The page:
How Not to Interview a Female CEO

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Mary Barra, the first female CEO of General Motors, submitted to a live interview with Today show anchor Matt Lauer yesterday. And there’s no shortage of questions Barra ought to answer: GM waited a decade to recall cars with faulty ignition switches that are linked to the deaths 13 of people. But Lauer devoted much of the interview to asking Barra about being a woman and a mom. Was she hired for being a woman? Did her kids prevent her from doing her job?

I’m not opposed to asking women about gender. It’s a fascinating line of questioning because it still, sadly, matters. But — like asking young female celebrities whether they’re feminists — questions like Lauer’s aren’t really intended to start conversations. They’re just ritualized acknowledgments of the double standards these women already face. Lauer said:

“I want to tread lightly here, but you’ve heard this—you heard it in Congress and you’ve heard it in the headlines: You got this job because you are hugely qualified, 30 years in this company, a variety of different jobs, but there are some people who are speculating that you also got this job as a woman and as a mom because people within General Motors knew this company was in for a very tough time and—as a woman and a mom—you could provide a softer face and softer image for this company as it goes through this horrible episode.”

In doing so, Lauer held Barra accountable for two decisions she didn’t make: being named CEO and being born a woman. Should qualified people turn down job offers because society finds them “softer” — a stereotype they did not ask for? And how will child-bearing women ever shed their softer image without doing things like running major automobile companies? “It’s absolutely not true,” Barra replied. “I believe I was selected for this job based on my qualification.”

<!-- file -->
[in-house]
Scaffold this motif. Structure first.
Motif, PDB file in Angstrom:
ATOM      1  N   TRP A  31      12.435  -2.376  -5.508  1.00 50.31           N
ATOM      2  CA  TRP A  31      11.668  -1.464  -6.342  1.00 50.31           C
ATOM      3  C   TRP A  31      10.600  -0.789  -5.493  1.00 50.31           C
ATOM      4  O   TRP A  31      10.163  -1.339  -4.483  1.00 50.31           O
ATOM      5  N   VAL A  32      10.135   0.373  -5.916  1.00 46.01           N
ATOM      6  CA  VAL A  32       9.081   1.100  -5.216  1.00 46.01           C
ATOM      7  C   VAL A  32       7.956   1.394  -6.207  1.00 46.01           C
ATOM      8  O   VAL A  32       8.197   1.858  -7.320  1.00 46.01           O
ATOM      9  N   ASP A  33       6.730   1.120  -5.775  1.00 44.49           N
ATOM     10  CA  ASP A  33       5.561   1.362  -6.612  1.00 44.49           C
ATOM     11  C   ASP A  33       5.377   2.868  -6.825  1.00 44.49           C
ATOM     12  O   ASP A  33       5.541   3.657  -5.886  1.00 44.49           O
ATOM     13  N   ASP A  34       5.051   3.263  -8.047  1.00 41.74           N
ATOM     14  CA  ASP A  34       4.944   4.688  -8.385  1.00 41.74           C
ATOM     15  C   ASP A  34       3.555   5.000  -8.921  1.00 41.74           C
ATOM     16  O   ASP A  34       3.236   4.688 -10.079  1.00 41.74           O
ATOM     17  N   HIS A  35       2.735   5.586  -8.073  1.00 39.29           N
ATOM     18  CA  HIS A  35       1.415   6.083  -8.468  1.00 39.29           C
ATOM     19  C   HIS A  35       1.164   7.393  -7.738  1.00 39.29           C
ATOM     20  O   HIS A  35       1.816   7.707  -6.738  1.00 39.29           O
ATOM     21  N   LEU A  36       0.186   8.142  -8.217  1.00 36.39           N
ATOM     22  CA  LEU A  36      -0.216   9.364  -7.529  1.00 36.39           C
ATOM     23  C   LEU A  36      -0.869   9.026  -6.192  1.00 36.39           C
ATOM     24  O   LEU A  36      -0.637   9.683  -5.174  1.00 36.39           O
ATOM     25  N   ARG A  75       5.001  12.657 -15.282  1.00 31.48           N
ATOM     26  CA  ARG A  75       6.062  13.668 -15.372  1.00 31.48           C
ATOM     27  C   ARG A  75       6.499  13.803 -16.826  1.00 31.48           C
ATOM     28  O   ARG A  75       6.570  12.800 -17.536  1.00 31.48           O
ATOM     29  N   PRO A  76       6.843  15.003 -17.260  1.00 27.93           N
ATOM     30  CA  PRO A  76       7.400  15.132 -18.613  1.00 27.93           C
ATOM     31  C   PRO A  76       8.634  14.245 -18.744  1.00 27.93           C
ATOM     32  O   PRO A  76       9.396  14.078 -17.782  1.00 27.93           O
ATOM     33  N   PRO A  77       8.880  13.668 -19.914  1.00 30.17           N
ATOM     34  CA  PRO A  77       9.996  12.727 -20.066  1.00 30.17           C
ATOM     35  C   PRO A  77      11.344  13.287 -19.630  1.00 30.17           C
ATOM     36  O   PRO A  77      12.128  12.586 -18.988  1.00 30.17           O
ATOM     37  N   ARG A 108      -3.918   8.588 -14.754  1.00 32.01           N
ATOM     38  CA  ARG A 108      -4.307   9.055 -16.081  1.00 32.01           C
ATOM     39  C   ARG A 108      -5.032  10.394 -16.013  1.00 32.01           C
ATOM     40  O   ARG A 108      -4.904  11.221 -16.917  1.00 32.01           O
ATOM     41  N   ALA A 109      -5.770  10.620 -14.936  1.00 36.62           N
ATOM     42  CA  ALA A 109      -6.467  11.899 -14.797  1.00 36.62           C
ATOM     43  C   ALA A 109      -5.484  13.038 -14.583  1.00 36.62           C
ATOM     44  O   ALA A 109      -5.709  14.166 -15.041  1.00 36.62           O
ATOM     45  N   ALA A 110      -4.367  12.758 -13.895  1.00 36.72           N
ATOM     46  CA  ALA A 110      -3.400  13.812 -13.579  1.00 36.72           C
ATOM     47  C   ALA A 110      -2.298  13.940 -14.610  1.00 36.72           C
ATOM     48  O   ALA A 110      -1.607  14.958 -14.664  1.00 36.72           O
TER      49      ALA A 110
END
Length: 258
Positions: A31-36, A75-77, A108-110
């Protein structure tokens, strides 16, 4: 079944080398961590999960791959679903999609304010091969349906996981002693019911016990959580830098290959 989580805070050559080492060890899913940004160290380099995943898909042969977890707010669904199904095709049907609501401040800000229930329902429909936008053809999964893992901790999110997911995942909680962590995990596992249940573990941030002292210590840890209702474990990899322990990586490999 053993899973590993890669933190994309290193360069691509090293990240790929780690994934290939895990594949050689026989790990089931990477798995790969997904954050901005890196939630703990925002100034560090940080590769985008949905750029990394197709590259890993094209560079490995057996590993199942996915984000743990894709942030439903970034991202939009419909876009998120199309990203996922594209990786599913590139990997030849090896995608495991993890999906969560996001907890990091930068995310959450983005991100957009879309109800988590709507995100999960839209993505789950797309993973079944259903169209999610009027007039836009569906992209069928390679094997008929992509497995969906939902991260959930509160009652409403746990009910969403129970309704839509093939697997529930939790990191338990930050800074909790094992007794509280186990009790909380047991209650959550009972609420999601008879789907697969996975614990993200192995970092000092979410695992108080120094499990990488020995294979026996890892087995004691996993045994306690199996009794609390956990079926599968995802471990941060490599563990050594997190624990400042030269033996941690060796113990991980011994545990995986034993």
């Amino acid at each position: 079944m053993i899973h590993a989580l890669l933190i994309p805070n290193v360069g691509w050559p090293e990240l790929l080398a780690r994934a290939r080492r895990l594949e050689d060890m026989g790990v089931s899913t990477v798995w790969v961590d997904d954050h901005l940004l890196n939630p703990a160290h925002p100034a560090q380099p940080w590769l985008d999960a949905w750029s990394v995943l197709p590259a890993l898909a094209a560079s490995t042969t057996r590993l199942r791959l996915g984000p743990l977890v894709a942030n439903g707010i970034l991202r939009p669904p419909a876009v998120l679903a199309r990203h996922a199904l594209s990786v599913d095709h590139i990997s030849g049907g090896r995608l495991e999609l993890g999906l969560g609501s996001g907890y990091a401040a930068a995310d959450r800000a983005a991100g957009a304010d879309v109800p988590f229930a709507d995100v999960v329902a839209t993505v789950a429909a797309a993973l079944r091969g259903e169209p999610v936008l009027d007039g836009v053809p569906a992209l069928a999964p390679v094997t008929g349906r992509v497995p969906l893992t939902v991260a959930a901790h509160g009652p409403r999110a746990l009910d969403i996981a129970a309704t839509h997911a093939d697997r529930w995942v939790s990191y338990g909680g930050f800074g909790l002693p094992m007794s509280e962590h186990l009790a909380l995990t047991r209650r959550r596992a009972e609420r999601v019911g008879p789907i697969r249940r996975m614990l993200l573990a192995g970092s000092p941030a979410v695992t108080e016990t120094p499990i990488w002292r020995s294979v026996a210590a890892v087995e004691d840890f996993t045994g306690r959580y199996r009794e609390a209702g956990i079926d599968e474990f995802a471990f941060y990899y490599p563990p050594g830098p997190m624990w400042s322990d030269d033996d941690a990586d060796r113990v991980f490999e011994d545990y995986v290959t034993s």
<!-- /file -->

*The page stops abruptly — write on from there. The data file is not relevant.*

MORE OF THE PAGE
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Next, Lauer asked how becoming a mom-CEO had affected her dual job performance.

“You’re a mom, I mentioned—two kids,” he said. “You said in an interview, not long ago, that your kids said they’re going to hold you accountable for one job, and that is being a mom. Given the pressures of this job at General Motors, can you do both well?”

What did Lauer think she would say? No, I’m drowning, please call the board of directors and social services while you’re at it. Predictably, Barra struck a bland note of strategically nonspecific self-assurance.

“I think I can. I have a great team, we’re on the right path, we’re doing the right things, we’re taking accountability, and also I have a wonderful family, a supportive husband, and I’m pretty proud of my kids the way they’re supporting me in this.”

Again, I’m not saying Lauer shouldn’t broach this totally relevant topic. But he might have gotten a more productive response by asking a question that didn’t serve only to put her on the defensive. Off the top of my head:

Have you made any adjustments to your personal and professional life to juggle these two roles?

How could corporations make it easier for parents of any gender to balance these two equally important roles?

Does anything about the traditionally male C-suite culture make it hard for women, in particular, to do both jobs well?

Do your male colleagues with children do both jobs well?

Naturally, a lot of people hated this interview, and Lauer defended himself on Facebook by saying he was only referencing other interviews where Barra had discussed work-life balance. According to Businessweek, Lauer’s post said:

“It’s an issue almost any parent including myself can relate to If a man had publicly said something similar after accepting a high-level job, I would have asked him exactly the same thing.”

It would be easier to swallow this if anyone ever made high-powered men, Lauer included, publicly speak about work-life balance. But as long as journalists can use other sexist interviews to rationalize perpetuating sexist media coverage, it’s hard to imagine anything changing. So, business journalists, do your part: Ask a male CEO how he juggles board meetings and Little League games.

How Not to Interview a Female CEO